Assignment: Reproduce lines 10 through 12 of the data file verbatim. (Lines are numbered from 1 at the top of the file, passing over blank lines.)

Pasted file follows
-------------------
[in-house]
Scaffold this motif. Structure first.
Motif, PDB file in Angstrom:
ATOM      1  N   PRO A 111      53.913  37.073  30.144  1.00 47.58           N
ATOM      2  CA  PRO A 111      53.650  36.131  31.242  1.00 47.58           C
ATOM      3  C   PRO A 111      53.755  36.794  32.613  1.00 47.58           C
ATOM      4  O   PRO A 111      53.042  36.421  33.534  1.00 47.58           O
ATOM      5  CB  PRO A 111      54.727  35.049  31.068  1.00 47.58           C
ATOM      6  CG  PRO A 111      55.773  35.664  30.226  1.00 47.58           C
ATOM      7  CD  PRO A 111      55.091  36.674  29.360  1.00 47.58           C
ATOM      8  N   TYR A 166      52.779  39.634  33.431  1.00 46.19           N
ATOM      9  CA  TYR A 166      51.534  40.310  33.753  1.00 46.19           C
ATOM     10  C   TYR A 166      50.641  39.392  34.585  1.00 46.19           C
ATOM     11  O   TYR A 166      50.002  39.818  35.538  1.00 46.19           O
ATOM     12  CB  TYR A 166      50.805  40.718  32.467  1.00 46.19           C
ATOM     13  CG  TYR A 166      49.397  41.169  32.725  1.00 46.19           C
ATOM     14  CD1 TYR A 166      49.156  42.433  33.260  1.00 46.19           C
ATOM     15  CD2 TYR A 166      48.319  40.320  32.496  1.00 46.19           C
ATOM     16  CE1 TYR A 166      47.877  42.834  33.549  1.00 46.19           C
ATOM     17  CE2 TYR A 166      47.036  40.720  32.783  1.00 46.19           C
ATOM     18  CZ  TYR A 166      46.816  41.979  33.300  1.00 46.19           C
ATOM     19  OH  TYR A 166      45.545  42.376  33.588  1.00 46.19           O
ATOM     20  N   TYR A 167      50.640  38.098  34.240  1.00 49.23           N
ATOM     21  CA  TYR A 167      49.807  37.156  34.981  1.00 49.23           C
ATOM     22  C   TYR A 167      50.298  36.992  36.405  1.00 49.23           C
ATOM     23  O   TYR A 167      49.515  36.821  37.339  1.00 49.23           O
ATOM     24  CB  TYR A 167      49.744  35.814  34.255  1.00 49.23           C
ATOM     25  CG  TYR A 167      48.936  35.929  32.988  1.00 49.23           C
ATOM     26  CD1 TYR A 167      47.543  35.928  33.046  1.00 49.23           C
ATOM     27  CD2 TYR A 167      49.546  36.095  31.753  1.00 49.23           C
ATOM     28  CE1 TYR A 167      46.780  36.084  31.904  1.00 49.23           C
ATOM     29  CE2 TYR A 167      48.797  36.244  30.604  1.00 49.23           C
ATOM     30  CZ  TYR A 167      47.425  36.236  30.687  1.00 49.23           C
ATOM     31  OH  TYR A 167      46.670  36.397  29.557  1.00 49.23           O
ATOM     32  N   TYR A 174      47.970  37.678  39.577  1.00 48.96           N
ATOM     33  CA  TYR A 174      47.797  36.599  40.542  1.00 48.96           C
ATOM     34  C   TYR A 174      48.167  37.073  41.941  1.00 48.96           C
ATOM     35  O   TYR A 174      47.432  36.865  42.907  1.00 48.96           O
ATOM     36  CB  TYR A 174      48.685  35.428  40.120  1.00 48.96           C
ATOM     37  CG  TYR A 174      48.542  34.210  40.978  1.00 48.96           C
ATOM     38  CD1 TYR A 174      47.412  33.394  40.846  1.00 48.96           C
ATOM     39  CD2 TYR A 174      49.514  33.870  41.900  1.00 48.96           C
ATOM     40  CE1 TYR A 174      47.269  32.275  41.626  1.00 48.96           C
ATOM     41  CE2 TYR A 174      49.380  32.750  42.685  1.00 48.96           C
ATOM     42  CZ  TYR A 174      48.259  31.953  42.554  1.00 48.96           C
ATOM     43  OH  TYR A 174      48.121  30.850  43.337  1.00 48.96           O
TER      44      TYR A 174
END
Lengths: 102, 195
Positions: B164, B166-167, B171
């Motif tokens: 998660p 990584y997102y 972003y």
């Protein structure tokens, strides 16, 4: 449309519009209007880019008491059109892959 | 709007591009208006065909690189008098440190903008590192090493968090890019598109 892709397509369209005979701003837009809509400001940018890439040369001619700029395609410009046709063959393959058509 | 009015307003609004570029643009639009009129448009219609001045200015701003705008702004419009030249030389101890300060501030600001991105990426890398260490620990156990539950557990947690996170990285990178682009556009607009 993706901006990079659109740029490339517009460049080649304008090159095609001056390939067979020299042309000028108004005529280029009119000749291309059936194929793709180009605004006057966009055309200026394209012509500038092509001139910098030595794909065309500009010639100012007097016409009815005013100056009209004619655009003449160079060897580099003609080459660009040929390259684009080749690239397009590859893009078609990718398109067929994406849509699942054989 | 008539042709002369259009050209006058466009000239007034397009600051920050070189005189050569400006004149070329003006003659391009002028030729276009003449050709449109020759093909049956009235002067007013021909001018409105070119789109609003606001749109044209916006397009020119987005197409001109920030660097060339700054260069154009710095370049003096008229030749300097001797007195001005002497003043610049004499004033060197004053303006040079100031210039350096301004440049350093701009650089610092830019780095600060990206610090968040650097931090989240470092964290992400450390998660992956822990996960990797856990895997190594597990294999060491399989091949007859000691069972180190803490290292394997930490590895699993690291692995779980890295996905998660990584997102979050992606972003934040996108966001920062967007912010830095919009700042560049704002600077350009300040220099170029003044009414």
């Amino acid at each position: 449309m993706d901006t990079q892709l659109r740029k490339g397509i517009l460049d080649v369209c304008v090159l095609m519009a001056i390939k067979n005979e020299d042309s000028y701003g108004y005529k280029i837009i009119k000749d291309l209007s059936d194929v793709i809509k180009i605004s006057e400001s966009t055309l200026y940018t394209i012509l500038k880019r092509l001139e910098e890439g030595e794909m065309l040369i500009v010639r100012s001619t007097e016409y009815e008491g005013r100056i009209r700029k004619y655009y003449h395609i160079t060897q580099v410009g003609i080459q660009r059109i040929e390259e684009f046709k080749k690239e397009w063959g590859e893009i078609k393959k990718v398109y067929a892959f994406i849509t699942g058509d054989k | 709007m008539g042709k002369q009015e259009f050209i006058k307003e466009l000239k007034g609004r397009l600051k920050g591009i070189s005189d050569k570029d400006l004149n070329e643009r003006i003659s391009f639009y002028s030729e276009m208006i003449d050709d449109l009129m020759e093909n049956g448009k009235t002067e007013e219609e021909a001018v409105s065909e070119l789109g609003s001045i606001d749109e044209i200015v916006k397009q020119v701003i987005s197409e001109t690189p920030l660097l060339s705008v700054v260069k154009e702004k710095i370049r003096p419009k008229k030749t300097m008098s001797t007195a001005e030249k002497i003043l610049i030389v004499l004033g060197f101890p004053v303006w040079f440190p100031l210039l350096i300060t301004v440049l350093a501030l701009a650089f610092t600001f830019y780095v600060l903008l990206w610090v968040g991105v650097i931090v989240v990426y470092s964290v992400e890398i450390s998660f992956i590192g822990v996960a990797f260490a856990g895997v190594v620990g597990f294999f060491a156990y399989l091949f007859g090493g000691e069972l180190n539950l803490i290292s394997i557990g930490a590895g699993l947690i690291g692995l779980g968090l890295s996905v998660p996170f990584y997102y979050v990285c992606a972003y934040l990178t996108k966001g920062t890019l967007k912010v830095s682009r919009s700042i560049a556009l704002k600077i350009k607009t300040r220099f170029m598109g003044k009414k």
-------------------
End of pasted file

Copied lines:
ATOM      7  CD  PRO A 111      55.091  36.674  29.360  1.00 47.58           C
ATOM      8  N   TYR A 166      52.779  39.634  33.431  1.00 46.19           N
ATOM      9  CA  TYR A 166      51.534  40.310  33.753  1.00 46.19           C